You all know the scene: you come upon a dog who is undernourished, chained to a fence, and out in the elements, and you wonder what can be done. There are agencies and places where animals can go to receive loving care.
Jessica LaValley, annual fund manager at the Toledo Area Humane Society (TAHS) explains the organization’s “primary focus is to find forever homes for animals in need.” TAHS investigates almost 2,000 complaints a year and asks “anyone who witnesses animal cruelty, who knows of a sick or injured animal, or who knows of animals without adequate food, water, or shelter, to get help fast by reporting it! All reports are kept confidential.”
LaValley said they help “primarily cats and dogs and a variety of pocket pets, which include birds, hamsters, mice, guinea pigs, rabbits, but typically they don’t handle reptiles.” And TAHS doesn’t euthanize animals unless “they have viciously attacked or if an animal is too ill or injured to be saved,” she said.
TAHS offers discounts for the over-55 group for adopting animals. And as a nonprofit, the group welcomes monetary donations.
Housed within barking distance from Airport Highway and Byrne Rd is Toledo’s oldest no-kill shelter, The Toledo Animal Shelter, which caters only to dogs and cats. According to its website, the shelter was “born as the result of a caring well-known civic leader, Mrs. Ben Johnson” and became incorporated in 1927.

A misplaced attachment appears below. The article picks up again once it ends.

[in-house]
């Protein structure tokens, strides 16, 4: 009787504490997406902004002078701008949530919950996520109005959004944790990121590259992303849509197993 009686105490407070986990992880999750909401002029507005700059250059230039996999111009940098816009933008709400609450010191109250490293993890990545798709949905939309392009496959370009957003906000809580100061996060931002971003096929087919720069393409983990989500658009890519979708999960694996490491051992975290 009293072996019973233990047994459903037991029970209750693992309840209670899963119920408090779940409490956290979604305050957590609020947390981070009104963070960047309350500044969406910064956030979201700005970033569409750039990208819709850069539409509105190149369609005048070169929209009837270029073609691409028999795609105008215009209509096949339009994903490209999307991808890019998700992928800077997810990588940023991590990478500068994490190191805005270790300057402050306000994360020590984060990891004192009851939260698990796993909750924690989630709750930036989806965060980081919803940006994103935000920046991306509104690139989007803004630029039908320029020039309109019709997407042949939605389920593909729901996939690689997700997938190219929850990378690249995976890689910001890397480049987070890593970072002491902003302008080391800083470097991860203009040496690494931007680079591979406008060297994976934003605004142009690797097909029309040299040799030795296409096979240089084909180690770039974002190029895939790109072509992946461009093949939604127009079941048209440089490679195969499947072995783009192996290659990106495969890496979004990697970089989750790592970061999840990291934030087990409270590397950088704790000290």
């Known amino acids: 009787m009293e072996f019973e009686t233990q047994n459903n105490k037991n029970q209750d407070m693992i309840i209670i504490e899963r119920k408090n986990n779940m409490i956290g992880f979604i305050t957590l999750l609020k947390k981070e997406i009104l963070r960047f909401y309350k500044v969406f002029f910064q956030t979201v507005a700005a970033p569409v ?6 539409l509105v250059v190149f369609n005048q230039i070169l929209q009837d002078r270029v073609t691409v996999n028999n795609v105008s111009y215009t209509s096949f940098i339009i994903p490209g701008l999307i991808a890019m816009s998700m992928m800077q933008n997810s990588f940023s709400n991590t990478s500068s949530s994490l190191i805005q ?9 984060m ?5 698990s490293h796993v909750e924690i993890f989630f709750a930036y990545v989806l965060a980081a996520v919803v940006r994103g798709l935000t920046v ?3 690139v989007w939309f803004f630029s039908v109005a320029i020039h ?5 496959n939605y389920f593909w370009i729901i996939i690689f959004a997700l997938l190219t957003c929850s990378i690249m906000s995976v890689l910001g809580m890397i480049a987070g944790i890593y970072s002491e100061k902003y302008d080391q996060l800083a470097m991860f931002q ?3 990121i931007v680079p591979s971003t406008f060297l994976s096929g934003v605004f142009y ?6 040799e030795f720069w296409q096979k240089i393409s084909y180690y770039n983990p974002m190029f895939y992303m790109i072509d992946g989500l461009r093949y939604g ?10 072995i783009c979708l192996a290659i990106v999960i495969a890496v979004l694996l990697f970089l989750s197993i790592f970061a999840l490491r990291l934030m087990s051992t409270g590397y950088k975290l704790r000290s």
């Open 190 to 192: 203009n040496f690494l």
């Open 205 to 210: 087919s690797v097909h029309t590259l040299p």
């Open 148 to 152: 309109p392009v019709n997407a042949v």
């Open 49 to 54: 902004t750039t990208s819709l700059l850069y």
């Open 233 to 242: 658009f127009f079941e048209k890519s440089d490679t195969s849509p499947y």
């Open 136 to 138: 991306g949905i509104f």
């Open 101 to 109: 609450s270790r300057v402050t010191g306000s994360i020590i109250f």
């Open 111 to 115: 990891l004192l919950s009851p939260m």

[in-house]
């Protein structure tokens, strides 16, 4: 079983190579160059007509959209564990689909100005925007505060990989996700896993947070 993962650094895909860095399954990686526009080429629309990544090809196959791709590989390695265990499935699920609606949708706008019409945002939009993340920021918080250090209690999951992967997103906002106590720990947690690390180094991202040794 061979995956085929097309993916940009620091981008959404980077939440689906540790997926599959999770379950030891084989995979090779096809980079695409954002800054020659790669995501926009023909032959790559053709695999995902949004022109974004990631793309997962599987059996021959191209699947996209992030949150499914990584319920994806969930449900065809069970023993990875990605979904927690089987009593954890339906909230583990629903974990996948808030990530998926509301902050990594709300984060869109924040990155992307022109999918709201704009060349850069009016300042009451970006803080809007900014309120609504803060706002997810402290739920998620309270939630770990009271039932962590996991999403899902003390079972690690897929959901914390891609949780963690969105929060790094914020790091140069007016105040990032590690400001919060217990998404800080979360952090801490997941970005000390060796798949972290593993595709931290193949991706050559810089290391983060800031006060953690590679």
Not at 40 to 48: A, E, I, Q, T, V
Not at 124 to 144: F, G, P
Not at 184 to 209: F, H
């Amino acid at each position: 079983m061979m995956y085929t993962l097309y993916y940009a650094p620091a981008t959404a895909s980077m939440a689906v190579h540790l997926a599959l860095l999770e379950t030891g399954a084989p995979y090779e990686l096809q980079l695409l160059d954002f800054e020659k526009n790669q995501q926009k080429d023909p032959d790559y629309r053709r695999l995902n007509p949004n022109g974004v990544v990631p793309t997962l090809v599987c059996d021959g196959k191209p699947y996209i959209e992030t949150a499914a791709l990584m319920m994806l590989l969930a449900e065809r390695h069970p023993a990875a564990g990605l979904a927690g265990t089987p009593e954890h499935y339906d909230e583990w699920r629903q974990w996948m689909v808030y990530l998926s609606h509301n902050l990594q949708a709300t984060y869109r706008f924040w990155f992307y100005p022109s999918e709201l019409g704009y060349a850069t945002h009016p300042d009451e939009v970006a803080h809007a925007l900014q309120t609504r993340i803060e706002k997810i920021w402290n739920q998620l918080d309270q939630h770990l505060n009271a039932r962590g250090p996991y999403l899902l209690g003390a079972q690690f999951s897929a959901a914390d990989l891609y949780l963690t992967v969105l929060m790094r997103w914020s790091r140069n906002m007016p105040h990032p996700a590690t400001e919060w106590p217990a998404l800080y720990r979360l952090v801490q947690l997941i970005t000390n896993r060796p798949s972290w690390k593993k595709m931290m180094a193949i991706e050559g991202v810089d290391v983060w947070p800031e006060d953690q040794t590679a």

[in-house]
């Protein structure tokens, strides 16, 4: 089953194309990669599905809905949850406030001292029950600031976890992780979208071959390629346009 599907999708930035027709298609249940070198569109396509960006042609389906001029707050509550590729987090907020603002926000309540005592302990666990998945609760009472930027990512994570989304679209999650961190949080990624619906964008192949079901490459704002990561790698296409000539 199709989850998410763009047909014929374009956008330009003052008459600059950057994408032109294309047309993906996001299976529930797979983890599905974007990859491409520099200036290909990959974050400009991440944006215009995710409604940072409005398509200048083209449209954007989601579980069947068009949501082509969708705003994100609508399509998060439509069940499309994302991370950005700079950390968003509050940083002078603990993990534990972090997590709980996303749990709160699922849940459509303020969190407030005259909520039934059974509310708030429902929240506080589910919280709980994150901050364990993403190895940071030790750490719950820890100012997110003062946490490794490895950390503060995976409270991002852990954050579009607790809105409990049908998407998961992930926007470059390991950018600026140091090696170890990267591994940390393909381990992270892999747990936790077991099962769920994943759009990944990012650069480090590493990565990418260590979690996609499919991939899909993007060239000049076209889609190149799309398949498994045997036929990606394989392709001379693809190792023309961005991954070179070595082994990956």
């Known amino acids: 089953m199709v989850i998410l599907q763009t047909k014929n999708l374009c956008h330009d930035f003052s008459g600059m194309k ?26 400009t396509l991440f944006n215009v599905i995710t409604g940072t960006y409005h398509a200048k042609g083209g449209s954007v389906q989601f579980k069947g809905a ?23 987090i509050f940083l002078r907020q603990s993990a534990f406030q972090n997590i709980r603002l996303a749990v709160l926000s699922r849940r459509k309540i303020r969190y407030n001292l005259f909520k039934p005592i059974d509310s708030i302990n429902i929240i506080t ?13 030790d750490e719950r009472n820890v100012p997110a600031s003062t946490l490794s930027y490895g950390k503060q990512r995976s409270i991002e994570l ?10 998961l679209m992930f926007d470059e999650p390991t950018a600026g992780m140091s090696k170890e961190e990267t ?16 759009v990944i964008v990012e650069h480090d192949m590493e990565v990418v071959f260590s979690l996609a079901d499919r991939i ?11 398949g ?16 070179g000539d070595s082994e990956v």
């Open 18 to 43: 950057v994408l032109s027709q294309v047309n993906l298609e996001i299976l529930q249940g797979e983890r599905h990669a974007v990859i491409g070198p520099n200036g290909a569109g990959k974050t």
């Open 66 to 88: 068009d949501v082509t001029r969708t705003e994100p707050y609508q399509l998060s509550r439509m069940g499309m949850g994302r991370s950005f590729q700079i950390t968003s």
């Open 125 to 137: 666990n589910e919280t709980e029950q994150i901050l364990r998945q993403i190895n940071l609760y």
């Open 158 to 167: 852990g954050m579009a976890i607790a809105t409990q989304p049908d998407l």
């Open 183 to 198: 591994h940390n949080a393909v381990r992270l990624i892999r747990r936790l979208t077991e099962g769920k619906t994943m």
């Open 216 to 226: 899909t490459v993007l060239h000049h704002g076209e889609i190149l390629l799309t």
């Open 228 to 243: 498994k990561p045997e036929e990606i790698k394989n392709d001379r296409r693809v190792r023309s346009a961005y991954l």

“We take in owner surrenders; we are not allowed to take in strays,” said the shelter’s executive director, Helen Bensch. All strays are referred to the Lucas County Dog Warden’s office. Bensch said the reasoning behind not taking in strays is “so that a person who lost their pet has one location to go to look for their lost pet.”
When a cat or dog is surrendered to The Toledo Animal Shelter, Bensch said “we ask for a $40 donation or whatever amount, if any, they can afford to donate.” Sadly, many people who surrender their animals do so because of financial reasons. In lieu of monetary donations people have volunteered at the shelter or donated supplies.
In some cases, the shelter will pair an older animal with an over-55 person, send the animal home on a trial basis to make sure they are a match, and if it works out, the fee is waived.
Help for wildlife
A unique nonprofit, Nature’s Nursery Rehabilitation Education Conservation (NN), focuses on helping wildlife, providing “medical care to injured orphaned or ailing wild animals, and conduct conservation educational outreach programs.
Facts about animal cruelty
1. April is Prevention of Cruelty to Animals month.
2. The worst thing you can do if you witness or suspect animal cruelty or neglect is nothing. 3. The top three types of animal abuse are neglect/ abandonment, shooting and hoarding.